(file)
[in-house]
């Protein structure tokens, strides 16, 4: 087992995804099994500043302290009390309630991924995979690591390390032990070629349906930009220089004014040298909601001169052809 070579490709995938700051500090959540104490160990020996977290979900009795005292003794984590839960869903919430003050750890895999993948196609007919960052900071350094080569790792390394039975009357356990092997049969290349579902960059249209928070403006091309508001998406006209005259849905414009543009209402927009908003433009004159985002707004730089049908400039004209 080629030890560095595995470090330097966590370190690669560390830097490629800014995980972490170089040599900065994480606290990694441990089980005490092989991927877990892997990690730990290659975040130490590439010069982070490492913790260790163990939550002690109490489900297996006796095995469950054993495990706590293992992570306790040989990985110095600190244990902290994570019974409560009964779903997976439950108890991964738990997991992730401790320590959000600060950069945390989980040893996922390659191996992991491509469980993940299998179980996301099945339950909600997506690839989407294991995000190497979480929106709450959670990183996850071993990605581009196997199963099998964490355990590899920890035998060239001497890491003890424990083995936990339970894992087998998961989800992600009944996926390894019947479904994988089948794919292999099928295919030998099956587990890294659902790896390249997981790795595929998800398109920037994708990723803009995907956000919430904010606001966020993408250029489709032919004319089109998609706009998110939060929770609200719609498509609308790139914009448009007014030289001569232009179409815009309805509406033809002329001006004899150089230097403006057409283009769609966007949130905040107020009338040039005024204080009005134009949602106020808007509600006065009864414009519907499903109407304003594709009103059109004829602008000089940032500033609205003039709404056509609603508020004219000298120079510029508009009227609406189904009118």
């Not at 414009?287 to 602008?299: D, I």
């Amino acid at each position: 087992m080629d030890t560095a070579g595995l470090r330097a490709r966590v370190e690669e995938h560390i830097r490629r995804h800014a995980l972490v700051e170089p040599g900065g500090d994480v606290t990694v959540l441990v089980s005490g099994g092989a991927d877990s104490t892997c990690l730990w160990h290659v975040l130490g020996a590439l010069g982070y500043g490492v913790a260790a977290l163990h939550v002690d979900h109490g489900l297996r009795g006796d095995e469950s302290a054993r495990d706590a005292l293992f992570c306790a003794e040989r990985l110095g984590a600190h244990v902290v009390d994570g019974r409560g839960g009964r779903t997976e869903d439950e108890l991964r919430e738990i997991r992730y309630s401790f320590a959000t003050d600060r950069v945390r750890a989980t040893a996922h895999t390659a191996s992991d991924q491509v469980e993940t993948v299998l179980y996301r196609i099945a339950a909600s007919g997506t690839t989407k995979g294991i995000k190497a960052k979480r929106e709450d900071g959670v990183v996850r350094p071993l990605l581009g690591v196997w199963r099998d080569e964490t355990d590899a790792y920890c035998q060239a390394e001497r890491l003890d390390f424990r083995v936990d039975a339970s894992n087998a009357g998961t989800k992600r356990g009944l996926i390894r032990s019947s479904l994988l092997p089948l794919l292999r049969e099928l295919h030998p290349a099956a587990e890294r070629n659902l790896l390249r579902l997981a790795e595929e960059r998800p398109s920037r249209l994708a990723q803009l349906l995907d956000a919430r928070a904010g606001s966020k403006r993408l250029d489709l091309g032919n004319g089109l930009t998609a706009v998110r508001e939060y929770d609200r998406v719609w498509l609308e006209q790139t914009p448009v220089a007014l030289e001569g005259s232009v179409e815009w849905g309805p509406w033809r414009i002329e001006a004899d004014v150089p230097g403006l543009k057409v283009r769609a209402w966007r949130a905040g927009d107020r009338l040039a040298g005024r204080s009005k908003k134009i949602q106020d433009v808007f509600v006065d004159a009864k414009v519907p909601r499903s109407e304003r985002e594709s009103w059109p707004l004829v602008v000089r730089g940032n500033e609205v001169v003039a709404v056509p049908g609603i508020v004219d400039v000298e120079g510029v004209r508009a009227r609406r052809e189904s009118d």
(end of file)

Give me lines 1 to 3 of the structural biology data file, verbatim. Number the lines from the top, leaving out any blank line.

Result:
[in-house]
């Protein structure tokens, strides 16, 4: 087992995804099994500043302290009390309630991924995979690591390390032990070629349906930009220089004014040298909601001169052809 070579490709995938700051500090959540104490160990020996977290979900009795005292003794984590839960869903919430003050750890895999993948196609007919960052900071350094080569790792390394039975009357356990092997049969290349579902960059249209928070403006091309508001998406006209005259849905414009543009209402927009908003433009004159985002707004730089049908400039004209 080629030890560095595995470090330097966590370190690669560390830097490629800014995980972490170089040599900065994480606290990694441990089980005490092989991927877990892997990690730990290659975040130490590439010069982070490492913790260790163990939550002690109490489900297996006796095995469950054993495990706590293992992570306790040989990985110095600190244990902290994570019974409560009964779903997976439950108890991964738990997991992730401790320590959000600060950069945390989980040893996922390659191996992991491509469980993940299998179980996301099945339950909600997506690839989407294991995000190497979480929106709450959670990183996850071993990605581009196997199963099998964490355990590899920890035998060239001497890491003890424990083995936990339970894992087998998961989800992600009944996926390894019947479904994988089948794919292999099928295919030998099956587990890294659902790896390249997981790795595929998800398109920037994708990723803009995907956000919430904010606001966020993408250029489709032919004319089109998609706009998110939060929770609200719609498509609308790139914009448009007014030289001569232009179409815009309805509406033809002329001006004899150089230097403006057409283009769609966007949130905040107020009338040039005024204080009005134009949602106020808007509600006065009864414009519907499903109407304003594709009103059109004829602008000089940032500033609205003039709404056509609603508020004219000298120079510029508009009227609406189904009118």
């Not at 414009?287 to 602008?299: D, I």